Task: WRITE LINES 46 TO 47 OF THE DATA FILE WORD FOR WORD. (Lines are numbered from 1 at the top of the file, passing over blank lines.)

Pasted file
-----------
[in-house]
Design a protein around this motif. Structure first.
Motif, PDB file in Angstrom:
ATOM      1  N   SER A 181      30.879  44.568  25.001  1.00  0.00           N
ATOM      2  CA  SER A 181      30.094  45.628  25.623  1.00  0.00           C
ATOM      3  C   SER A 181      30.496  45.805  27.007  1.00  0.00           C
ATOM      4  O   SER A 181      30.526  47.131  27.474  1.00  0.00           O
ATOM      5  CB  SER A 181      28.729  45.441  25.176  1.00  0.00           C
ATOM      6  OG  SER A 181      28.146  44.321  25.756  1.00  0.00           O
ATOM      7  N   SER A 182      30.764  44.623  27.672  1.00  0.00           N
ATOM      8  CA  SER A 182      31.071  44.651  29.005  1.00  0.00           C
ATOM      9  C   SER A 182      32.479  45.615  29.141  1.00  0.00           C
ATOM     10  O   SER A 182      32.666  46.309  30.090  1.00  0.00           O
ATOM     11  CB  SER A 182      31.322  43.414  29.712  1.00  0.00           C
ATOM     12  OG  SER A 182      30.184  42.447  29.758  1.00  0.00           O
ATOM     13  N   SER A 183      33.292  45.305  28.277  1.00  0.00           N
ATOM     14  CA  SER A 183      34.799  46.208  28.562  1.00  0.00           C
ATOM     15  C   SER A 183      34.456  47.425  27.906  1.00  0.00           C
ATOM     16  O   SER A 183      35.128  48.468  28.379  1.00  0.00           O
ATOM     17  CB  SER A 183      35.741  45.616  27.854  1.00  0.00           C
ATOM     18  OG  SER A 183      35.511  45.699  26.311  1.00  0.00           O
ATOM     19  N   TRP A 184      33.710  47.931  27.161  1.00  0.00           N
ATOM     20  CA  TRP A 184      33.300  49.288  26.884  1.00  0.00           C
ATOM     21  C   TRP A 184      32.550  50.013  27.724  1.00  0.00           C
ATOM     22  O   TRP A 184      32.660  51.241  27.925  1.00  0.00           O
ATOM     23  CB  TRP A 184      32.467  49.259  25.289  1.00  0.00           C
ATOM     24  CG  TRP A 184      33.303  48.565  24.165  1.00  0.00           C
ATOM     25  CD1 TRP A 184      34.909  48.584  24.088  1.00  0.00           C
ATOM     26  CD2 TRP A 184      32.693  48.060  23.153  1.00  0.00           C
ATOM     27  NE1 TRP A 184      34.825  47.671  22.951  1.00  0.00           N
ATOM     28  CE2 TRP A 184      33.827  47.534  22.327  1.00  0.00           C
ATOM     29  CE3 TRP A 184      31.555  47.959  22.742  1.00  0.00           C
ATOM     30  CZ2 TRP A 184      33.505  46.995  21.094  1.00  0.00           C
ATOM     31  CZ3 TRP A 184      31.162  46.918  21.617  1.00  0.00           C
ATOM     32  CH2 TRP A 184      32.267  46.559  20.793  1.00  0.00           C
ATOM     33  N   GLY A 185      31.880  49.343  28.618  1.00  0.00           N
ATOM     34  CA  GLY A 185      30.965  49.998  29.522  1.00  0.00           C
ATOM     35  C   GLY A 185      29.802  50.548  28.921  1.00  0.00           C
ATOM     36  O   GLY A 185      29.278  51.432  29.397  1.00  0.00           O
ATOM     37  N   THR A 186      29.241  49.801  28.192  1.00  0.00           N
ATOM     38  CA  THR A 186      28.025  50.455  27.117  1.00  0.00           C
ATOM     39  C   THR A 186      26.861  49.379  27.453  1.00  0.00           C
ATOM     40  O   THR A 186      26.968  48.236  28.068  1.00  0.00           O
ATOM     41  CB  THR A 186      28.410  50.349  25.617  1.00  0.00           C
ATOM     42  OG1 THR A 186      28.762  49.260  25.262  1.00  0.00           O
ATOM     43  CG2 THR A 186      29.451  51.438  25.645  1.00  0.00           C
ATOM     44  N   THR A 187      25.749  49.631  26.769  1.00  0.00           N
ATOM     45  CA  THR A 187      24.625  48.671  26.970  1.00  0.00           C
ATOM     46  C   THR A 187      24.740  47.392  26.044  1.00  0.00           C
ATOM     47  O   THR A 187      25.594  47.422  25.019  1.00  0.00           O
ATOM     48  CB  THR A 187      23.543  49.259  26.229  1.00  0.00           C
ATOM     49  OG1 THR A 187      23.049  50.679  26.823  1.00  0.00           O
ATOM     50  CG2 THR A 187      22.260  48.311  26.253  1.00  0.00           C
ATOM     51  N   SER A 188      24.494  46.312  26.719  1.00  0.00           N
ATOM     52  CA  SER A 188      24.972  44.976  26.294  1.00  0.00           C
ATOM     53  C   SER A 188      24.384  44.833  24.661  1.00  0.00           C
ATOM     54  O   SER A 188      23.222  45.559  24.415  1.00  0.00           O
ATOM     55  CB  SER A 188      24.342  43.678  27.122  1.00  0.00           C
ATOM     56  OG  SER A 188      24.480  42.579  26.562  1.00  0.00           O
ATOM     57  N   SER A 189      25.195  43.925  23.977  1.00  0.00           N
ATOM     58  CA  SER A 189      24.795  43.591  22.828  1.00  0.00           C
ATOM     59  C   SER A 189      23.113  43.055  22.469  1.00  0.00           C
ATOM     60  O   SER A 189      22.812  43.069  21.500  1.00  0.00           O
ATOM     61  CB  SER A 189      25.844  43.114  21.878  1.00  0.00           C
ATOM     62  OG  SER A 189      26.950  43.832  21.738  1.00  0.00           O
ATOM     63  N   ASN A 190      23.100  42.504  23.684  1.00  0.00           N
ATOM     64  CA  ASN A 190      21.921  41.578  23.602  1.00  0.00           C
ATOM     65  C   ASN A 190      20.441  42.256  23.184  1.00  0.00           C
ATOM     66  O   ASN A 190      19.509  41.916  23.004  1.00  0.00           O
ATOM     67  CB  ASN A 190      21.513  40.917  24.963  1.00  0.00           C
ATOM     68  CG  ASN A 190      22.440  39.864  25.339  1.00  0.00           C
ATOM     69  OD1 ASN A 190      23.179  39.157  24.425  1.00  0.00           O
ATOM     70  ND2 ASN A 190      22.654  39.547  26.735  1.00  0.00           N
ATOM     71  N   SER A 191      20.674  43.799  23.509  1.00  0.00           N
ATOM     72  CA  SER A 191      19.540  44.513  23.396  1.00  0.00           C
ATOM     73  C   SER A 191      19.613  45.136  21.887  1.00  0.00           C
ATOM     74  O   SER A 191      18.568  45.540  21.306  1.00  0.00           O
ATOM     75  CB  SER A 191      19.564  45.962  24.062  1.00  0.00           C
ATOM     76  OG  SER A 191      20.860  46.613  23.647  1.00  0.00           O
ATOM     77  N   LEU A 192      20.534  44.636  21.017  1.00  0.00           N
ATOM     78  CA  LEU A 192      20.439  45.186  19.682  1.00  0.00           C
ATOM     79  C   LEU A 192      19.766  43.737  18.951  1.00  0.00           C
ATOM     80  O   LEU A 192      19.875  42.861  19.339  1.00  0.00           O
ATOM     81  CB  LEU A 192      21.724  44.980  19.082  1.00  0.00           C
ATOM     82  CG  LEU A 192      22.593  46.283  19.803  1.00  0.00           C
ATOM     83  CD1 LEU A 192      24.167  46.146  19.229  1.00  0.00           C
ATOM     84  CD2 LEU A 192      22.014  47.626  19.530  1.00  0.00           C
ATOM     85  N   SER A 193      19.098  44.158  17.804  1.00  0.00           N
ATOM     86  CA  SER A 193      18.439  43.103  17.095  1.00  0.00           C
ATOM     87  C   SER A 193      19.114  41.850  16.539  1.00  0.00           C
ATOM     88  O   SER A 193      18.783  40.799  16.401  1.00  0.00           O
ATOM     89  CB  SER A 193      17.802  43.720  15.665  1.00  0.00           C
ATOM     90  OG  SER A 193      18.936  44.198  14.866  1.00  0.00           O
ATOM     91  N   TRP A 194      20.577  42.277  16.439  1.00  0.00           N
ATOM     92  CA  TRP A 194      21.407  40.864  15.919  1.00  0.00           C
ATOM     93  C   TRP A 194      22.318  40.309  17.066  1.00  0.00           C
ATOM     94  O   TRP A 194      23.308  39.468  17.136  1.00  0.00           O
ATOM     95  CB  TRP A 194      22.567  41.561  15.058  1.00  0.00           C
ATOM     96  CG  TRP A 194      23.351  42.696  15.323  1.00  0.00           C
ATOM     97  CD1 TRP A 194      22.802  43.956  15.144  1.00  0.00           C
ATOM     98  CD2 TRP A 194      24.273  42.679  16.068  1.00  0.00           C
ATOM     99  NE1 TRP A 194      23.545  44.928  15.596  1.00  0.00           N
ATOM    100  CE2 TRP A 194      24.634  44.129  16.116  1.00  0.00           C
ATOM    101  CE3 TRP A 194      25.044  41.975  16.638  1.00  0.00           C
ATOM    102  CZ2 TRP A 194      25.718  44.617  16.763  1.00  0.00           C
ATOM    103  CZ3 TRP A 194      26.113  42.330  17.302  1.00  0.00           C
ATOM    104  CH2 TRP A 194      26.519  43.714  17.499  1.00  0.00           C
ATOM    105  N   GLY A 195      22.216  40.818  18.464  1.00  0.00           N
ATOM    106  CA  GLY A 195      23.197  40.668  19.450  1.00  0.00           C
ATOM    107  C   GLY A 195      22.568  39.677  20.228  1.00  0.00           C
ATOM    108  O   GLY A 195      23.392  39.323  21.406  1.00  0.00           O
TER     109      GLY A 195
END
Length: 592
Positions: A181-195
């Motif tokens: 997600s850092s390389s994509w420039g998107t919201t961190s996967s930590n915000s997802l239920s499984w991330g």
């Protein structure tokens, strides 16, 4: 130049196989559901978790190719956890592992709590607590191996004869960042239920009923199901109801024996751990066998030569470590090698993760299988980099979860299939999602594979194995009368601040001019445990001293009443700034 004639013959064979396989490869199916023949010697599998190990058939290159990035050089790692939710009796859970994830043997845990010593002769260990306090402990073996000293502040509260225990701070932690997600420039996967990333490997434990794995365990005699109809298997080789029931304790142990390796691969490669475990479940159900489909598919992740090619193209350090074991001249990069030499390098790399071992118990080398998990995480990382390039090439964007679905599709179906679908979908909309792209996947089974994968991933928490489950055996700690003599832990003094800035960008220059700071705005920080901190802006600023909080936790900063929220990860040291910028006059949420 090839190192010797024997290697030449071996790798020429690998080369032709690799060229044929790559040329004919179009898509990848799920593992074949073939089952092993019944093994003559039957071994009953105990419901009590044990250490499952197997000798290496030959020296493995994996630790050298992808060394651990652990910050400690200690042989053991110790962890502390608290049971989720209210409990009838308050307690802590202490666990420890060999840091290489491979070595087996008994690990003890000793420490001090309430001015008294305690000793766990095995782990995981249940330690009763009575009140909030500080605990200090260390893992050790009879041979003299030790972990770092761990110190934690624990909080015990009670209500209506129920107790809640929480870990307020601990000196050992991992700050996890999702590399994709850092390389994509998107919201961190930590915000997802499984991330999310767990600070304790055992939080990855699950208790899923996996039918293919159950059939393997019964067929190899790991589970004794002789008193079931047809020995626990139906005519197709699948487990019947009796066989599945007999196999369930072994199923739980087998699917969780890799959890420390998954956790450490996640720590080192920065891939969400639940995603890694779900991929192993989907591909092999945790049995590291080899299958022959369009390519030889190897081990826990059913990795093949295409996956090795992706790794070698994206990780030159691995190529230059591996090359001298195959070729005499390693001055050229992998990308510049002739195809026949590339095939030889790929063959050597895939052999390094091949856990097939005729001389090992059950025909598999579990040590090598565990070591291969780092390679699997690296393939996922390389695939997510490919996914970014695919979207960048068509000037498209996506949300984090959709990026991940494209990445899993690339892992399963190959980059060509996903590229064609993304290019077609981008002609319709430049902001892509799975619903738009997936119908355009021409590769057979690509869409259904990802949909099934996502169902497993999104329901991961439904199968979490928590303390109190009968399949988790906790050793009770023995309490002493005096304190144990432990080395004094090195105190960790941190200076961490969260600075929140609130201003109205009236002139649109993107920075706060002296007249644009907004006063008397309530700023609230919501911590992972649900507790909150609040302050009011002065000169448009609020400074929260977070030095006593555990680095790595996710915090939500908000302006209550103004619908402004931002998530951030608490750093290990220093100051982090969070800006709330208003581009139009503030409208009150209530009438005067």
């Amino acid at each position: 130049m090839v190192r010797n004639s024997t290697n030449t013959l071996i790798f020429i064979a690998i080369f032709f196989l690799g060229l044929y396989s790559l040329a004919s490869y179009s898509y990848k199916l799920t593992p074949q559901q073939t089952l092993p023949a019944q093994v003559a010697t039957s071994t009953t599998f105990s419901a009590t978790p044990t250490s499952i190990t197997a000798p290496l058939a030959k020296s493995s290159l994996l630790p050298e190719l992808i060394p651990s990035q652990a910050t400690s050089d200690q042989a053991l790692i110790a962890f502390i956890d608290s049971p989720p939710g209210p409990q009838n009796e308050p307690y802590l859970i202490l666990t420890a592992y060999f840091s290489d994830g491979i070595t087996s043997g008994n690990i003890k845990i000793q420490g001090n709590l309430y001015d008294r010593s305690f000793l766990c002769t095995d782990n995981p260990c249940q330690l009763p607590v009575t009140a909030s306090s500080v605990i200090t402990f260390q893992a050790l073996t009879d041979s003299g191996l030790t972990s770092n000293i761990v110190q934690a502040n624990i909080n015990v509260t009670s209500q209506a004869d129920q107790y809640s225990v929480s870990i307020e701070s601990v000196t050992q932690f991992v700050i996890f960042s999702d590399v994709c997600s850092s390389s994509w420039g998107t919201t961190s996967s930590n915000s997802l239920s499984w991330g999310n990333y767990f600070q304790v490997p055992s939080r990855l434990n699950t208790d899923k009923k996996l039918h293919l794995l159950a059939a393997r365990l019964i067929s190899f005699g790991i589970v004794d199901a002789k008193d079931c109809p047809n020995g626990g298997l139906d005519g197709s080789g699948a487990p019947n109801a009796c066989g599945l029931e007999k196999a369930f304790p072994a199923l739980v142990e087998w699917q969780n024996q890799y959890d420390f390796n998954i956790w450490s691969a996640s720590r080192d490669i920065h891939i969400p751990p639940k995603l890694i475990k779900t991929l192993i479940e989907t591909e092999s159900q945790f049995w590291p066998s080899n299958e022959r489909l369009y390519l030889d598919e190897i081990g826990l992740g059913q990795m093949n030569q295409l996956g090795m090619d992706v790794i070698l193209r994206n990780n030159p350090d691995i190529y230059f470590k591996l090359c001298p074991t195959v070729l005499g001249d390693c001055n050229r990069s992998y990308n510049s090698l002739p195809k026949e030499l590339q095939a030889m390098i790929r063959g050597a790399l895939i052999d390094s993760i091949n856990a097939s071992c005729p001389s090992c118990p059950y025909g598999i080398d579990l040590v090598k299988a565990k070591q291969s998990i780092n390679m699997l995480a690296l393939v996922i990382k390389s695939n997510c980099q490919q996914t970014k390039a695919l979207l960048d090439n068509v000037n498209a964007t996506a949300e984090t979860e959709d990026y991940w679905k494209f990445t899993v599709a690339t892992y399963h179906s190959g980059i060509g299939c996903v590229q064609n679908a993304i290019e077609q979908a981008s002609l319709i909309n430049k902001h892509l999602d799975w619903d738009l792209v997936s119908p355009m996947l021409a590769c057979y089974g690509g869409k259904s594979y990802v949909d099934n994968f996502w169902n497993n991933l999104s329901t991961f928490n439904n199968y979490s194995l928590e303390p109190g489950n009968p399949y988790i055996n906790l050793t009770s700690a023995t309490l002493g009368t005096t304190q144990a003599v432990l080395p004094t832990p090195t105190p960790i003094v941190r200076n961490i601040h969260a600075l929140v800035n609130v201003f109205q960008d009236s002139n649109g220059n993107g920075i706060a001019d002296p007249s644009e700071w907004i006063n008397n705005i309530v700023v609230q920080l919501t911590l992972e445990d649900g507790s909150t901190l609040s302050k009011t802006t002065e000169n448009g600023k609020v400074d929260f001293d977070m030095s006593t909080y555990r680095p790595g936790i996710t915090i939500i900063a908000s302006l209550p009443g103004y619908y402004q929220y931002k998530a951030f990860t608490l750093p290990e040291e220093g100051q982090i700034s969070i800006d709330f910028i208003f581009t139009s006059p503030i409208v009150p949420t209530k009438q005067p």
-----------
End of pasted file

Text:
ATOM     43  CG2 THR A 186      29.451  51.438  25.645  1.00  0.00           C
ATOM     44  N   THR A 187      25.749  49.631  26.769  1.00  0.00           N